Diverse Knowledges and Contact Zones within the Digital Museum

Science, Technology, and Human Values 35 (5):735-768 (2010)
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Abstract

As museums begin to revisit their definition of ‘‘expert’’ in light of theories about the local character of knowledge, questions emerge about how museums can reconsider their documentation of knowledge about objects. How can a museum present different and possibly conflicting perspectives in such a way that the tension between them is preserved? This article expands upon a collaborative research project between the Museum of Anthropology and Archaeology at Cambridge University, University of California, Los Angeles, and the A:shiwi A:wan Museum and Heritage Center to compare descriptions of museum objects by multiple expert communities. We found that narratives and objects in use are key omissions in traditional museum documentation, offering us several possibilities to expand our concept of digital objects. Digital objects will allow members of indigenous source communities to contribute descriptive information about objects to support local cultural revitalization efforts and also to influence how objects are represented in distant cultural institutions.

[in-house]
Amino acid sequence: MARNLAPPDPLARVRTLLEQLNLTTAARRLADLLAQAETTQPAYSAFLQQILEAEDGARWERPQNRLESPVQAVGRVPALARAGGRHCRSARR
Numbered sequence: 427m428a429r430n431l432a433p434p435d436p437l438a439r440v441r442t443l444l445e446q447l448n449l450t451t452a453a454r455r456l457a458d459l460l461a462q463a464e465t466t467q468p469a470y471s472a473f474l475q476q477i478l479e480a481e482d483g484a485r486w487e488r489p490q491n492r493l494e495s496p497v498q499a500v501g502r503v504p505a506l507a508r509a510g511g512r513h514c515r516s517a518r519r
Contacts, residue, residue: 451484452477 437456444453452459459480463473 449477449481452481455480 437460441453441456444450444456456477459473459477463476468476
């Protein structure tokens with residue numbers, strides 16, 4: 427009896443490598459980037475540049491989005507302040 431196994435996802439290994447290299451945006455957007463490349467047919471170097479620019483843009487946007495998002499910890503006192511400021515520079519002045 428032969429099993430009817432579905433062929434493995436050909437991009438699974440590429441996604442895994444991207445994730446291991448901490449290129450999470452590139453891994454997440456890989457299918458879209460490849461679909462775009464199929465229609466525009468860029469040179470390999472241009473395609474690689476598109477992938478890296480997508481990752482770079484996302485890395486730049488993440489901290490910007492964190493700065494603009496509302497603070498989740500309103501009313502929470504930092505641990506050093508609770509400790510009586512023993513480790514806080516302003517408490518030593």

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References found in this work

Orality and Literacy: The Technologizing of the Word.Walter J. Ong - 1983 - Philosophy and Rhetoric 16 (4):270-271.
On the Origin of Objects.Brian Cantwell Smith - 1996 - Cambridge: Mass. : MIT Press.
The Predicament of Culture.James Clifford - 1988 - Harvard University Press.
Deliberative Democracy or Agonistic Pluralism?Chantal Mouffe - 1999 - Social Research: An International Quarterly 66 (3):745-758.

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